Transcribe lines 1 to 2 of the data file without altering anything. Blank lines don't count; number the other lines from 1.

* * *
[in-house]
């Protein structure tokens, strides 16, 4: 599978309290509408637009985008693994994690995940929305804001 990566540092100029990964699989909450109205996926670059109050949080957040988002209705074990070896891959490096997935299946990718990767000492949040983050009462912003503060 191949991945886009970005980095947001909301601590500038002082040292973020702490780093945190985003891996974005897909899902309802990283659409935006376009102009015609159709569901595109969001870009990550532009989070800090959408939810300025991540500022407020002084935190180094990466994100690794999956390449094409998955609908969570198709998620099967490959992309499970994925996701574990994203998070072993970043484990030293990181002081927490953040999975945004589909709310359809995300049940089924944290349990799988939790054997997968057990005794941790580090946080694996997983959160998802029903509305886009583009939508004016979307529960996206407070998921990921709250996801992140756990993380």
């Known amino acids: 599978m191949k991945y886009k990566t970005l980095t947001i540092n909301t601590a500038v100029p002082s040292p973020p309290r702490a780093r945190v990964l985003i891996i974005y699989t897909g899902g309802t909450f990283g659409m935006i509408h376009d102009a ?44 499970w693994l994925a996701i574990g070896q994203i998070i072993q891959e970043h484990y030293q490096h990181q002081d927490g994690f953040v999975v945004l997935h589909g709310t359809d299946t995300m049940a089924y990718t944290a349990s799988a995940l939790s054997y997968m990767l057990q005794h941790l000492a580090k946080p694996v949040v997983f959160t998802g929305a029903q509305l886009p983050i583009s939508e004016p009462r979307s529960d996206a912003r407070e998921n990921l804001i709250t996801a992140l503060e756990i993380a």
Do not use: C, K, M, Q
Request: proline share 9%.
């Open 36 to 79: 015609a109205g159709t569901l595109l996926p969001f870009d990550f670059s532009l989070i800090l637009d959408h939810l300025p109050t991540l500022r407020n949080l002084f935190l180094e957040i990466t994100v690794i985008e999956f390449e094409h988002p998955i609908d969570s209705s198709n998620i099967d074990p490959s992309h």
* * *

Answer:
[in-house]
């Protein structure tokens, strides 16, 4: 599978309290509408637009985008693994994690995940929305804001 990566540092100029990964699989909450109205996926670059109050949080957040988002209705074990070896891959490096997935299946990718990767000492949040983050009462912003503060 191949991945886009970005980095947001909301601590500038002082040292973020702490780093945190985003891996974005897909899902309802990283659409935006376009102009015609159709569901595109969001870009990550532009989070800090959408939810300025991540500022407020002084935190180094990466994100690794999956390449094409998955609908969570198709998620099967490959992309499970994925996701574990994203998070072993970043484990030293990181002081927490953040999975945004589909709310359809995300049940089924944290349990799988939790054997997968057990005794941790580090946080694996997983959160998802029903509305886009583009939508004016979307529960996206407070998921990921709250996801992140756990993380």